- Long-term storage and disposal of spent fuel or radioactive waste do not raise any particular problems in terms of health. Individual exposure remains at extremely low levels as long as no intrusions into the disposal sites occur.
- Plutonium toxicity is not a major factor in the context of normal operational impacts. Certainly, however, there is much misconception about this issue, which has been often used as a strong argument against the fuel cycle, including reprocessing of nuclear fuel.
ASPECTS OF NON-PROLIFERATION & SAFEGUARDS
Under the chairmanship of Mr. H. Kurihara of Japan, this working group considered non-proliferation and safeguards aspects related to the nuclear fuel cycle. Its key conclusions included:
- The nuclear non-proliferation regime is becoming increasingly effective. Additional demands placed upon the regime must be adequately funded by the international community.
- The nuclear non-proliferation regime needs continuous adaptation to "new realities" affecting nuclear power development. Two good examples are the IAEA's safeguards development programme through which the verification system was strengthened, and initiatives for the verification of surplus military materials transferred into the civilian sector.
- A main issue facing the nuclear non-proliferation regime over the next decades is the extent to which the IAEA will be involved in the verification of surplus military material and how this, and other demands on the safeguards systems, will be resourced. New technical and institutional approaches will be required.
- In the context of reactor and fuel-cycle choices and future technological development in the civil nuclear power sector, the nuclear non-proliferation regime should be able to provide the necessary assurances, irrespective of the nuclear technology chosen, and should not constrain future choices.
Chaired by Mr. M. Kratzer of the United States and Mr. I. Kouleshov of Russia, the sixth working group considered aspects of international cooperation. Its key conclusions included:
- International co-operation has been an essential factor and a principal driving force in the development and application of nuclear power. The most distinctive feature of this co-operation - the nuclear non-proliferation regime - has successfully limited the spread of nuclear weapons to a level far below those once predicted.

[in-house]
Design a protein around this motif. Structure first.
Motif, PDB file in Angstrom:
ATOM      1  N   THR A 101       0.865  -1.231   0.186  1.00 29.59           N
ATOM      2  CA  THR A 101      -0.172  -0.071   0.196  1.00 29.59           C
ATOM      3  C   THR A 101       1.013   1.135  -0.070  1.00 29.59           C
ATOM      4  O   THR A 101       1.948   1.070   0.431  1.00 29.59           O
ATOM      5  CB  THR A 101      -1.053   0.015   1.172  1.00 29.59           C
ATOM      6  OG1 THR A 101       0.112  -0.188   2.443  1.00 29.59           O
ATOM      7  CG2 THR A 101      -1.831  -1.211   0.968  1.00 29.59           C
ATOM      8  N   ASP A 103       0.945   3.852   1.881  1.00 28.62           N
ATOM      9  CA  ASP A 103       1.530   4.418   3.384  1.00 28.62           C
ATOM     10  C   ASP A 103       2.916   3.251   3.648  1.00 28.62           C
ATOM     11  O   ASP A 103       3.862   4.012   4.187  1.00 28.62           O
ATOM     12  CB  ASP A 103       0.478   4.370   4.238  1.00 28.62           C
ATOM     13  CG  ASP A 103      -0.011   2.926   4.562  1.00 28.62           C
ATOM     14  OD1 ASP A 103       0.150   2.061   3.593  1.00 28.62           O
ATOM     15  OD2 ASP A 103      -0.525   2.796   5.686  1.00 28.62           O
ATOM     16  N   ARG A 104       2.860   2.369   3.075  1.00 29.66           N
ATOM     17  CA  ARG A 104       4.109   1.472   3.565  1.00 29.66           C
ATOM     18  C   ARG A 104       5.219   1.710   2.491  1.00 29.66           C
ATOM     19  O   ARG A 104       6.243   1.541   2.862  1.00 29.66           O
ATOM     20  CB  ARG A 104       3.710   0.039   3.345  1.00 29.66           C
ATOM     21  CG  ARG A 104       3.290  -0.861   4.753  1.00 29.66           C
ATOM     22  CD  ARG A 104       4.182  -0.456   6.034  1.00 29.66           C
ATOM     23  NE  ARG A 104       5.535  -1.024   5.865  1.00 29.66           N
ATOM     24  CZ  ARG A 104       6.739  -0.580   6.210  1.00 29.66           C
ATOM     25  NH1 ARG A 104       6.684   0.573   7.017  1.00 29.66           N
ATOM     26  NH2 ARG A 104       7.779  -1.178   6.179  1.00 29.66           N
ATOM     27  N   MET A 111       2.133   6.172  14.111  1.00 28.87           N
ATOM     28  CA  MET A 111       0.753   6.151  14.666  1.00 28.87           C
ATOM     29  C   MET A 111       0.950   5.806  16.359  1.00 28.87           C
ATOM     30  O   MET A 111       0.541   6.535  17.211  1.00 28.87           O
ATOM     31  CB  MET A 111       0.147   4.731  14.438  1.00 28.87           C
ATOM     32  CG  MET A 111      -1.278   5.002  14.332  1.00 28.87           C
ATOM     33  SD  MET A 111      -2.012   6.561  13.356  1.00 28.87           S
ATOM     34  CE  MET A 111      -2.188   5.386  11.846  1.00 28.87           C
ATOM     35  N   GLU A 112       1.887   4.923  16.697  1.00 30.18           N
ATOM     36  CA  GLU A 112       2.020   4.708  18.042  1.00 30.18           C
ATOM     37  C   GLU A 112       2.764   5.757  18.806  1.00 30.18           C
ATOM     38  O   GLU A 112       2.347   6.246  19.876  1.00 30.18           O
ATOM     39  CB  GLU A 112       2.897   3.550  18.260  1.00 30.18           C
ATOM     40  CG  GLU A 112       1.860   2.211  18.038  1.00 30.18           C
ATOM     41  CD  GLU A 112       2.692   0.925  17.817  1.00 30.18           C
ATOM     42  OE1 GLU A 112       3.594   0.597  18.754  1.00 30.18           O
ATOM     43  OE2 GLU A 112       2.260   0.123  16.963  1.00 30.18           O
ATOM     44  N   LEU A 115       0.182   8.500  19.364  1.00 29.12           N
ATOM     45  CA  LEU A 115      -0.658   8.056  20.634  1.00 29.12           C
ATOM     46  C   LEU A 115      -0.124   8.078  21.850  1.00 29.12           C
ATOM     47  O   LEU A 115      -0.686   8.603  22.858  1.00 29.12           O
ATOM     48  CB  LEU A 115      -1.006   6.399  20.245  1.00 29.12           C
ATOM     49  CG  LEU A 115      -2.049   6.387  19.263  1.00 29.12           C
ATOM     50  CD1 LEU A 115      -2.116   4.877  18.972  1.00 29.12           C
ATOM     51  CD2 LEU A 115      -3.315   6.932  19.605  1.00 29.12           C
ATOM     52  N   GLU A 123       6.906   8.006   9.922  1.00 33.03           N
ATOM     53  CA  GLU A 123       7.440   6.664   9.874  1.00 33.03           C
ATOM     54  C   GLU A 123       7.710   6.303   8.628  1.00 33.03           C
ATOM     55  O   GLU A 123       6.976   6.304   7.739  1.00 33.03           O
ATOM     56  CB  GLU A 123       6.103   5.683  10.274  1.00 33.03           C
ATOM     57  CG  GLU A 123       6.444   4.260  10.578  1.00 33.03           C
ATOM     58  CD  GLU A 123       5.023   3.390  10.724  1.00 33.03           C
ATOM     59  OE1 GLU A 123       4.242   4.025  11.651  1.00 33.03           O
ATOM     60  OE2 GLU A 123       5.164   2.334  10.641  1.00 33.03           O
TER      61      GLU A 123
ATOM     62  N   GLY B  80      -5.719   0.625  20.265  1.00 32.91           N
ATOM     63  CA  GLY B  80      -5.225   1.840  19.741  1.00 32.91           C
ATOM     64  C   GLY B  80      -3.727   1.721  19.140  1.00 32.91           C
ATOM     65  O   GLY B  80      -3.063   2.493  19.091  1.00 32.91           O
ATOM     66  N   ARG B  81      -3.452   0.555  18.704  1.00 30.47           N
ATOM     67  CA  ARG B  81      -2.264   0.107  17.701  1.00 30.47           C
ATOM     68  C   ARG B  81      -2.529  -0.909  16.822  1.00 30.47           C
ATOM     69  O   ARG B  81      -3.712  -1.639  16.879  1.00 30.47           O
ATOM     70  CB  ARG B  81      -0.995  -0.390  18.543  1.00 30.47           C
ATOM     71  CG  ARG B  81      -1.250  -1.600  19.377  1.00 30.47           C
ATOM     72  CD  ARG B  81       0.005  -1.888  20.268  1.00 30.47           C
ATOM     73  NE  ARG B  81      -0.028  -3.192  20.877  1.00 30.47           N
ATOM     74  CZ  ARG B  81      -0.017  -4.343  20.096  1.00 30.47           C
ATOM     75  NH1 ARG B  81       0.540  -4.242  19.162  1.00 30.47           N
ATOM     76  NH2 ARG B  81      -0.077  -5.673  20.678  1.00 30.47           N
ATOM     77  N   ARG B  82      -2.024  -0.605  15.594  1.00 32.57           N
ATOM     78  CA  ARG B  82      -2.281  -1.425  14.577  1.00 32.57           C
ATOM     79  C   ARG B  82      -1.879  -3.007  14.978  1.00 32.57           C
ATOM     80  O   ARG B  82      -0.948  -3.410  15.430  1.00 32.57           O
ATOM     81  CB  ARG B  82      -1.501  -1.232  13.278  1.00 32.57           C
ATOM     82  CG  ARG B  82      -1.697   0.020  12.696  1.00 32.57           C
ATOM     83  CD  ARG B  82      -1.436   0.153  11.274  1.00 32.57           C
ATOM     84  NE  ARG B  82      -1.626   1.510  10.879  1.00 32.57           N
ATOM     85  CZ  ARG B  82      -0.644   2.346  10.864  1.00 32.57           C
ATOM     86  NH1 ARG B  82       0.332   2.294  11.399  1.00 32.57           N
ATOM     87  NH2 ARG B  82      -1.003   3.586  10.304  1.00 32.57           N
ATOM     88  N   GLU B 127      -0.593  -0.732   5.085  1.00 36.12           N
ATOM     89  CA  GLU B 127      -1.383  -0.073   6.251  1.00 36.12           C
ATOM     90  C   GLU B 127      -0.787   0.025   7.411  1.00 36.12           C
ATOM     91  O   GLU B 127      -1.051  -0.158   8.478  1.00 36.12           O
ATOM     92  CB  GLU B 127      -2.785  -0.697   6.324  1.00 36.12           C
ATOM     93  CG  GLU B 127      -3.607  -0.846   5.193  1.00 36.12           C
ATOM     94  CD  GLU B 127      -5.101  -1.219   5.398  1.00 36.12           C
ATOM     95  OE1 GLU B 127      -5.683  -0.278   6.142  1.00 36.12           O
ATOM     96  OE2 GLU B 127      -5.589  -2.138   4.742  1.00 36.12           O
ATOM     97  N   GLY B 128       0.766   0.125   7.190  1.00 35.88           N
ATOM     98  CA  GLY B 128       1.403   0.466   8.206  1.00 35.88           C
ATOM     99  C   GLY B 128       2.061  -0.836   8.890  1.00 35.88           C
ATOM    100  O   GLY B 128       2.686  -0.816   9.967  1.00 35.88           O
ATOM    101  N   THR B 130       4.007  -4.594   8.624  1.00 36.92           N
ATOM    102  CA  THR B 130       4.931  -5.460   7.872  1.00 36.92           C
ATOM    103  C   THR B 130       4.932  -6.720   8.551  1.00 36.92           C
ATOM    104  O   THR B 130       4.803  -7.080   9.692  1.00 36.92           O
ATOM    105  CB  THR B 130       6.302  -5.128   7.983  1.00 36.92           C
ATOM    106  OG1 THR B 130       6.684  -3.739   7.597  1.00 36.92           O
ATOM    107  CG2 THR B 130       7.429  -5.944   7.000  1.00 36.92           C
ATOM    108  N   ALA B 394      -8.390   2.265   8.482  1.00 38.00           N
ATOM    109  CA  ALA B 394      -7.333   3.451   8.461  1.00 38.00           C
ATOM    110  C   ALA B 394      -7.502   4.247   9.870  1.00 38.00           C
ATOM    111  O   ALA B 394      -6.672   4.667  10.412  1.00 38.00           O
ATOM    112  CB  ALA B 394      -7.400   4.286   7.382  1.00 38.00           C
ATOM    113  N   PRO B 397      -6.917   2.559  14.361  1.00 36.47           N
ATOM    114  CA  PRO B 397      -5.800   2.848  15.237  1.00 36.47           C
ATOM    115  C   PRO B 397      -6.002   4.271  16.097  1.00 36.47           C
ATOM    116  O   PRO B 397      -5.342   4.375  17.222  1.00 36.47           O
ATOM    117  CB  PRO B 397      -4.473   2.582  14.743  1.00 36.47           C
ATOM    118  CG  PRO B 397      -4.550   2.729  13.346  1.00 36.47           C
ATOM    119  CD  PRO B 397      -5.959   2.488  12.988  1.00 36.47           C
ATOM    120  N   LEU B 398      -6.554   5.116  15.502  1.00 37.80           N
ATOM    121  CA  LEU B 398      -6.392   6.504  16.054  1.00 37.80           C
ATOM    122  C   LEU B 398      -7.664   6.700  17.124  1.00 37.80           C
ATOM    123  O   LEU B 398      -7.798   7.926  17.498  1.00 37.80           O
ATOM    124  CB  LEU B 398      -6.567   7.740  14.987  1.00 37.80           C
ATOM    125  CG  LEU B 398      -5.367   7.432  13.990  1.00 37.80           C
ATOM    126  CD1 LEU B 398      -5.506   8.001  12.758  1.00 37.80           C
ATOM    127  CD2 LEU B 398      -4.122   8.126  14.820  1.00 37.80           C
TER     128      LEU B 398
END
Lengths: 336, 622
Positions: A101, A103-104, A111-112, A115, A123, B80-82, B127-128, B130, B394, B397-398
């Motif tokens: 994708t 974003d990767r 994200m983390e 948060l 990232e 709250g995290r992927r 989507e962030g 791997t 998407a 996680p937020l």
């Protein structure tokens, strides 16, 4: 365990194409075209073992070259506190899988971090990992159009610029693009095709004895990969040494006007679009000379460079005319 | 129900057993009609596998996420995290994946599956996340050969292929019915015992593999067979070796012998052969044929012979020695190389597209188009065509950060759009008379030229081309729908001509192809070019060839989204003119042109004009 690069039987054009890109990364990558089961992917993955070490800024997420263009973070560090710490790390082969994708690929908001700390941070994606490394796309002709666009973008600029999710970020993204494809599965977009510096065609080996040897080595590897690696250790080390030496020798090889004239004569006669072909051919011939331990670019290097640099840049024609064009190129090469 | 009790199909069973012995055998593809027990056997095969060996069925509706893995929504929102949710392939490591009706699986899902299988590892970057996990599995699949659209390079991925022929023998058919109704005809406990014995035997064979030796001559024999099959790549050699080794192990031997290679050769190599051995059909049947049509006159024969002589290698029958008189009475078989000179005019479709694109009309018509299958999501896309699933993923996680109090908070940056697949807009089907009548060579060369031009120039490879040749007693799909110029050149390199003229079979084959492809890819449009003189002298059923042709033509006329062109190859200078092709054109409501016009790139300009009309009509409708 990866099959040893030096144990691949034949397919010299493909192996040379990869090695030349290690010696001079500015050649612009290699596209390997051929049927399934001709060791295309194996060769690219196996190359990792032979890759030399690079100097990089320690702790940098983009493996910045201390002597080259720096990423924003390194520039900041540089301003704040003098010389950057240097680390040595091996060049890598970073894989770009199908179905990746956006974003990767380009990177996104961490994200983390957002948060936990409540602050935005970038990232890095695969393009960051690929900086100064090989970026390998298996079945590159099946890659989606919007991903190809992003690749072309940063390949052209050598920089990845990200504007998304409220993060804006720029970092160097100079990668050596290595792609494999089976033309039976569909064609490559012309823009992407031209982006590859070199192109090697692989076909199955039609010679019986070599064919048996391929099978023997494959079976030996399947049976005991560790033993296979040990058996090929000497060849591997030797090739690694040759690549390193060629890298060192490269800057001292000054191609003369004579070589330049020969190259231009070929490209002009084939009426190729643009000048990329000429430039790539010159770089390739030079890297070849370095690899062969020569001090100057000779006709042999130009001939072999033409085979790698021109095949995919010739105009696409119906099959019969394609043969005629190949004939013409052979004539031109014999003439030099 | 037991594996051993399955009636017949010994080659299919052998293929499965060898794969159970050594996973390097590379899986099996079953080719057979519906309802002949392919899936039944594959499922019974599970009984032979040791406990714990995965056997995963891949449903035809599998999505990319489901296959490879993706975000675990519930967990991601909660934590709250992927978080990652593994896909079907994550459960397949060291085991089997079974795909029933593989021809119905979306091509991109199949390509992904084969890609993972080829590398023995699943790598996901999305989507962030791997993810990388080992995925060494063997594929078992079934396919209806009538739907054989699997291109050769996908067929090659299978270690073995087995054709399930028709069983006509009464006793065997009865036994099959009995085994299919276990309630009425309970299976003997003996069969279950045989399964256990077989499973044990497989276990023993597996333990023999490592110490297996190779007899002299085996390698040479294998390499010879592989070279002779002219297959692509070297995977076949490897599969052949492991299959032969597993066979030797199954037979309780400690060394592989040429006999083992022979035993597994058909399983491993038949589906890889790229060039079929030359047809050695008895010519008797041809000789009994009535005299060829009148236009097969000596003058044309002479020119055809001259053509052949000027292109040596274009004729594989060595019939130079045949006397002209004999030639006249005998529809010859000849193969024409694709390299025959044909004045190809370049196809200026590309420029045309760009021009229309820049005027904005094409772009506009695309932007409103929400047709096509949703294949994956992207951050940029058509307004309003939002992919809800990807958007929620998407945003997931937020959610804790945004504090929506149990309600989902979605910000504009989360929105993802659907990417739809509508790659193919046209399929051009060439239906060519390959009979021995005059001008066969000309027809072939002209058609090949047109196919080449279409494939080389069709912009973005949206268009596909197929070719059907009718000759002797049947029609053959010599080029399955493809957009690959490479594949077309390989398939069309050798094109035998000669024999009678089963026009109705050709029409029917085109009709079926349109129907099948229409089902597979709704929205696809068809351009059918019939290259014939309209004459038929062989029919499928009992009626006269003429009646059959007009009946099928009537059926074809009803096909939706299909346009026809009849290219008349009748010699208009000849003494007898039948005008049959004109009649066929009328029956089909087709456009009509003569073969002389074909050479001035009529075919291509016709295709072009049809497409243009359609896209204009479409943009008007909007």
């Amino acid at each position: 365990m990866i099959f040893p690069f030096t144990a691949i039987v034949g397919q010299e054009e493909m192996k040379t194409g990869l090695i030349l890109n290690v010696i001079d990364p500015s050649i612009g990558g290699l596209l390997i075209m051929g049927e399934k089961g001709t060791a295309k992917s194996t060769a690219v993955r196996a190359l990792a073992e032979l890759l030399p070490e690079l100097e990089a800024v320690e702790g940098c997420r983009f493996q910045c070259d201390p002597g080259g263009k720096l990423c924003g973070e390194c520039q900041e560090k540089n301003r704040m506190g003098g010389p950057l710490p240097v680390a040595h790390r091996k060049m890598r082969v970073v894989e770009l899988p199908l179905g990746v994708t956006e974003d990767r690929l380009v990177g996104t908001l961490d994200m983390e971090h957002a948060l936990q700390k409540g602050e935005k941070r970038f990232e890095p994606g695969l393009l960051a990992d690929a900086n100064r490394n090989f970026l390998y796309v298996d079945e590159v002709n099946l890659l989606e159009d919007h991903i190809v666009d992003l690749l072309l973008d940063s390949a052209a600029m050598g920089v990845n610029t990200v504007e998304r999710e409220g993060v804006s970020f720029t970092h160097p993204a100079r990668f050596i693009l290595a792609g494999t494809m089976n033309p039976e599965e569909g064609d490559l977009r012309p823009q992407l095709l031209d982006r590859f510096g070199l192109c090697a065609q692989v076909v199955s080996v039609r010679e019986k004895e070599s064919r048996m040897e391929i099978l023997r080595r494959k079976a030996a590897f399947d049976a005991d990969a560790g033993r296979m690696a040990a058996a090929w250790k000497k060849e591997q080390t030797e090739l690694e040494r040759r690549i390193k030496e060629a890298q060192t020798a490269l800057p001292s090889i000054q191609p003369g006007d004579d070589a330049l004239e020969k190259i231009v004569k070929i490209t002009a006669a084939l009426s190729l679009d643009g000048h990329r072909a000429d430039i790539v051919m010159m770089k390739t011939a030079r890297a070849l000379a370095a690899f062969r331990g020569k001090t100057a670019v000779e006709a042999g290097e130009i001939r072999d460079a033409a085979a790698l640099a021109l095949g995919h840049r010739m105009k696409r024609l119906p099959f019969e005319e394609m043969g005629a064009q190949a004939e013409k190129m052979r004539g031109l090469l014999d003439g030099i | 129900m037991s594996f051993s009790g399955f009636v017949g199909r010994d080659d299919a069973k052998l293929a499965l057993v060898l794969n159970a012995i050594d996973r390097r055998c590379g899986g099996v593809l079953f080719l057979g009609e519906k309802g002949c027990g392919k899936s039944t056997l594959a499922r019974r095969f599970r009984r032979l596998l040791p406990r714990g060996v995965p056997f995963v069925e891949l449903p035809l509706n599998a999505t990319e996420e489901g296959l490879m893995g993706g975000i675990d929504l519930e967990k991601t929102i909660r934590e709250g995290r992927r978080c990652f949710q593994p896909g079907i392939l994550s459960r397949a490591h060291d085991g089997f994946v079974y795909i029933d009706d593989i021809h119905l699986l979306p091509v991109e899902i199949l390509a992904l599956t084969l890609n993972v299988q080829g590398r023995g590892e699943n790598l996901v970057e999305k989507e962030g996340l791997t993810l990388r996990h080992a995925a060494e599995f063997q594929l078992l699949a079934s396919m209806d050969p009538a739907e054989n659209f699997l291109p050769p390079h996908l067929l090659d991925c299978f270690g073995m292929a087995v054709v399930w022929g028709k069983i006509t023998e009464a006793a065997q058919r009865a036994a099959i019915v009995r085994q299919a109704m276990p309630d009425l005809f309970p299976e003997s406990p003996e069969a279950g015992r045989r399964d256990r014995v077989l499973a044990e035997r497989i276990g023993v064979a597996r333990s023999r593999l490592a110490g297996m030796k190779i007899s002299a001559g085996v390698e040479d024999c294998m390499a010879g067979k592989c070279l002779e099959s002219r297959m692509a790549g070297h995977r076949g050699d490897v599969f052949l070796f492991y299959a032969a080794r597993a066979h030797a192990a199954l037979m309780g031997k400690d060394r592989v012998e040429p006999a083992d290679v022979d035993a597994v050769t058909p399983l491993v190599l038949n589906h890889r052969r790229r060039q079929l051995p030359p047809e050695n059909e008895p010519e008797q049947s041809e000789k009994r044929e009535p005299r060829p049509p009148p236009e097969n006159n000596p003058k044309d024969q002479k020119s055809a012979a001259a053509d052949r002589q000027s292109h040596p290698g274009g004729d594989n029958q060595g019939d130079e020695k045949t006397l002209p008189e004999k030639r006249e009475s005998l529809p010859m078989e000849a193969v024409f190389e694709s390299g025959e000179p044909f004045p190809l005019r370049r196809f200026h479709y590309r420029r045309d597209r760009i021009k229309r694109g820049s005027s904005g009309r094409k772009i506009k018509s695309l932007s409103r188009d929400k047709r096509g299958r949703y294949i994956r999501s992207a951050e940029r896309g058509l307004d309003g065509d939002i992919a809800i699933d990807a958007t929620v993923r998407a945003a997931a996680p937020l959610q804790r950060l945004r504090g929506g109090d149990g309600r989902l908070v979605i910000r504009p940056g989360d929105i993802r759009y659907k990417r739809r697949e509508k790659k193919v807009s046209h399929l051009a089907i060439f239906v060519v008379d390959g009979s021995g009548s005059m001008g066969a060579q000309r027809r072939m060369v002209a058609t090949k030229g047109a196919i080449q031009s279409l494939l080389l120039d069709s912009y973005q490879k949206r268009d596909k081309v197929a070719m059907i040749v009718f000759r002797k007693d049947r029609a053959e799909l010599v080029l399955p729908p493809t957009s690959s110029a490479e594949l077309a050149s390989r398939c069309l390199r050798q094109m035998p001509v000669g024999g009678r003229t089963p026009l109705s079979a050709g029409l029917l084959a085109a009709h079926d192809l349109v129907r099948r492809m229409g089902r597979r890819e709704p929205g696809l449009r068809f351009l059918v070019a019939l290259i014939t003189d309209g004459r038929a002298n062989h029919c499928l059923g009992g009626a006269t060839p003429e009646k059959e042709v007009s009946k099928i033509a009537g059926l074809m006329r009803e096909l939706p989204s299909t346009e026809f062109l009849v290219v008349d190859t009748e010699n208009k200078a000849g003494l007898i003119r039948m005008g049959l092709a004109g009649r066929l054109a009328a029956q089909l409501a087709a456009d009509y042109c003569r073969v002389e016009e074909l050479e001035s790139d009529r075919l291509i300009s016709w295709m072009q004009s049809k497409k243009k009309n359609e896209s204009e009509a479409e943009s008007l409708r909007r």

- The supply of nuclear materials, equipment, and technology for peaceful uses by States possessing them to other States has been one of the major and most impressive successes of international cooperation.
- The arrangements and mechanisms in place for international co-operation are generally adequate to meet current and future needs. However, improvements are desirable in a number of areas, such as the disposition of surplus military plutonium, development of fast-breeder reactors, regional fuel cycle centres, international plutonium storage, and the transparency of plutonium management.
- The IAEA should explore appropriate steps to ensure the exchange of basic information on major developments, and economic and programmatic information on the fuel cycle, possibly through establishing a regular mechanism of such exchange in close cooperation with other international organizations.
CONTINUING THE DIALOGUE
In summary, the symposium served as a valuable forum for examining the new realities and choices facing countries utilizing nuclear energy. The six key issue papers presented at the symposium summarized the common international understanding of the various fuel cycle issues, including those related to technology, safety, safeguards, environmental and institutional developments.
The symposium also served to heighten interest in continuing the dialogue at the global level, in light of the importance of issues being faced and nuclear power's established and potential role in contributing to world electricity supplies. Toward this end, the IAEA in early 1998 set up the International Working Group on Nuclear Fuel Cycle Options. Among topics that the Group will cover are the advantages and disadvantages of different fuel-cycle strategies of plutonium and waste management, which will play a key role in the future development of nuclear energy.
In the final analysis, the ongoing evolution of Agency programmes related to the nuclear fuel cycle must reflect the realities confronting the international community today, including the security and commercial impacts of ex-weapons material. Moreover, the activities will have to be geared to promoting further the reliability, safety, and economic viability of nuclear power to help interested countries meet electricity demands well into the next century.
Mr. Oi is a senior staff member in the IAEA Department of Nuclear Energy. He and Mr. Peter Jelinik-Fink of the Department served as Scientific Secretaries of the International Symposium on Nuclear Fuel Cycle and Reactor Strategies. Mr. Wedekind is Chief Editor of IAEA Periodicals and Electronic Information Services, Division of Public Information.
Back to contents page